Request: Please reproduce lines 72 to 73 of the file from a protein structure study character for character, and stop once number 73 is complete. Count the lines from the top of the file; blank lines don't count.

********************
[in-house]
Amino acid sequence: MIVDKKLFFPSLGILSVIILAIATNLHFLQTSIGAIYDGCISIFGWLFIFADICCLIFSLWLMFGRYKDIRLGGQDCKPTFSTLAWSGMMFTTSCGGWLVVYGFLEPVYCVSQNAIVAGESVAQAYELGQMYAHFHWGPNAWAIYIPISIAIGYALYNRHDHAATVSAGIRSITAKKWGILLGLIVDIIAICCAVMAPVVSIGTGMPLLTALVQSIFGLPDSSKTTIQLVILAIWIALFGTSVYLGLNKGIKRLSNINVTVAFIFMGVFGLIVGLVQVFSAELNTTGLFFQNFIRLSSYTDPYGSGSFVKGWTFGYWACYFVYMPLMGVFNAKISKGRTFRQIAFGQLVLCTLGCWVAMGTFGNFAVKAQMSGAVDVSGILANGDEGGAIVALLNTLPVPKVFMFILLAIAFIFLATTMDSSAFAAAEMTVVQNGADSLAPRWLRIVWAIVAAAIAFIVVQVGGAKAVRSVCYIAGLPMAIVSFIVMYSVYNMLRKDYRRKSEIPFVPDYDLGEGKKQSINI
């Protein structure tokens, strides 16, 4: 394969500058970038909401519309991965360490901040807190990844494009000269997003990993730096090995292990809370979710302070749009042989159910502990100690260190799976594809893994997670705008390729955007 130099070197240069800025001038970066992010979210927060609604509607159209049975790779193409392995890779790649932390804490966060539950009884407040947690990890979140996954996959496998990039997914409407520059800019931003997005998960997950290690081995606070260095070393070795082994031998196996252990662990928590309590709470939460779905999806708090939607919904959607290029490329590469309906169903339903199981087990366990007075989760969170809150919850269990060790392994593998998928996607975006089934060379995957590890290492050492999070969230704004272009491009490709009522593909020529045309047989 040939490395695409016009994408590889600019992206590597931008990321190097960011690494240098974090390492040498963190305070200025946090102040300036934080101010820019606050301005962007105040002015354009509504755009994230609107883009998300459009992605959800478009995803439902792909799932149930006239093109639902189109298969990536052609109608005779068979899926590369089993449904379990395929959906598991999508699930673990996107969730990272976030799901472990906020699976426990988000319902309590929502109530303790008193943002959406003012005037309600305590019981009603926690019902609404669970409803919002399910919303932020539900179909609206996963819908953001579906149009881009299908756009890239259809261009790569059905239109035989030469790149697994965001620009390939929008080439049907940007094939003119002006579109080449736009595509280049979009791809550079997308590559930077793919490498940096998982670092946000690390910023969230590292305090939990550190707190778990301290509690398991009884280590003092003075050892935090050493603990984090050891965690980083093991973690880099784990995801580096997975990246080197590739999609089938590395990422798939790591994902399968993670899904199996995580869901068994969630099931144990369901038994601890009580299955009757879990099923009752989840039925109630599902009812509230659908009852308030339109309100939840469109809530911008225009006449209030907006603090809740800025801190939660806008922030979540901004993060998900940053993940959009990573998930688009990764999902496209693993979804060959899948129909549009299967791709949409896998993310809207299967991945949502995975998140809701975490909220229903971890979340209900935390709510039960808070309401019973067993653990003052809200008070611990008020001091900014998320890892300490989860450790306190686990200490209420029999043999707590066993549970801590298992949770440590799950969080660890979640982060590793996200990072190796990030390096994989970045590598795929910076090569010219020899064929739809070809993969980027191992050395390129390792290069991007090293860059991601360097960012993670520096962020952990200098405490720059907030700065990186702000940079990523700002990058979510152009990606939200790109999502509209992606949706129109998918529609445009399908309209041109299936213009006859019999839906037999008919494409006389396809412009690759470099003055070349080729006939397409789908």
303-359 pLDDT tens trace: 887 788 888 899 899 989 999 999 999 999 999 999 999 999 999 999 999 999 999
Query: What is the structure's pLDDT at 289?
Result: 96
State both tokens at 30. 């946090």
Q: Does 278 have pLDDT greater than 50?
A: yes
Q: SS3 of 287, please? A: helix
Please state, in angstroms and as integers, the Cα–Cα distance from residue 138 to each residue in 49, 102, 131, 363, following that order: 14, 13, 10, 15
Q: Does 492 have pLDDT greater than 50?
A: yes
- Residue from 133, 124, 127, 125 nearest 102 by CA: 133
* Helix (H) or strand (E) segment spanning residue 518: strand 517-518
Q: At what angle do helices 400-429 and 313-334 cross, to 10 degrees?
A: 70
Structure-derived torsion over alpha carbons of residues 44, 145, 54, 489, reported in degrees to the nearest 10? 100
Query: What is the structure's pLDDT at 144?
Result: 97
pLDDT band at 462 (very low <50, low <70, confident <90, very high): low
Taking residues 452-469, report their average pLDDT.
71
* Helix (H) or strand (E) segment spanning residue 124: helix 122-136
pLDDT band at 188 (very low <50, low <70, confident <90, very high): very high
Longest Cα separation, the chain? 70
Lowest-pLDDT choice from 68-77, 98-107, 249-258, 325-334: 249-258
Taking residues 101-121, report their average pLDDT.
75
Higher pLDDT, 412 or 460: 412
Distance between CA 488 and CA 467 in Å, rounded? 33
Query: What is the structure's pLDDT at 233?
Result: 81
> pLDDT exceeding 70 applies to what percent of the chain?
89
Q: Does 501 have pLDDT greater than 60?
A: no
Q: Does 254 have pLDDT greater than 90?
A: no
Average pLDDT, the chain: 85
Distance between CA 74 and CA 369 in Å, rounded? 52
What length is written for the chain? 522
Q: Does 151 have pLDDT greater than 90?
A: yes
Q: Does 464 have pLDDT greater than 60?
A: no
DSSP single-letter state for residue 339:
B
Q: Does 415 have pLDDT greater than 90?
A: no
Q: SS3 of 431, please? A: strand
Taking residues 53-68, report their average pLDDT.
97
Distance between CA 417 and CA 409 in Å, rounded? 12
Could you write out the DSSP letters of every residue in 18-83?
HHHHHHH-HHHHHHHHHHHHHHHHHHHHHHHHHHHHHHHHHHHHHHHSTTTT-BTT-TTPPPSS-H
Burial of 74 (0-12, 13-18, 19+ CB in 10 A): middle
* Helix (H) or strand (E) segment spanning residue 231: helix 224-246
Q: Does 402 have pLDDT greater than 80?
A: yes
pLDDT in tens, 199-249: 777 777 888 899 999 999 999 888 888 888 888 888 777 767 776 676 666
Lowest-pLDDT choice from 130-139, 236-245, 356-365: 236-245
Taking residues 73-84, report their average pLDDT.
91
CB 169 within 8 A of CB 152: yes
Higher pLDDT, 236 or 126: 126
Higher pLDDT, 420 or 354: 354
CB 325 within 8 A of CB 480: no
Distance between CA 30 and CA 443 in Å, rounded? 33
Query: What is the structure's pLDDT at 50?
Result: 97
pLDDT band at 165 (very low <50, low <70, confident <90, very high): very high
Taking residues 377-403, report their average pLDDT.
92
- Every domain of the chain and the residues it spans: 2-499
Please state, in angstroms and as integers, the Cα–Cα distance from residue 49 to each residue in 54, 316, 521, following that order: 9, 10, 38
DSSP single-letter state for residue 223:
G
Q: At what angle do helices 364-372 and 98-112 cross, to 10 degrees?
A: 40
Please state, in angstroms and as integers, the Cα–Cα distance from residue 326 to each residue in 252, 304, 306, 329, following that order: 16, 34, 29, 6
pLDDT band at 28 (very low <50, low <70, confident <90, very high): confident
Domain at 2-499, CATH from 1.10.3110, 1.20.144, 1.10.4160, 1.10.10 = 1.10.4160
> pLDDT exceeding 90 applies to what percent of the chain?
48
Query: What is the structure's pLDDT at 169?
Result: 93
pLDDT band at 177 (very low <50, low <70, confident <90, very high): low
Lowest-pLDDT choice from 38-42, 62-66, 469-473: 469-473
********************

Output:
pLDDT band at 165 (very low <50, low <70, confident <90, very high): very high
Taking residues 377-403, report their average pLDDT.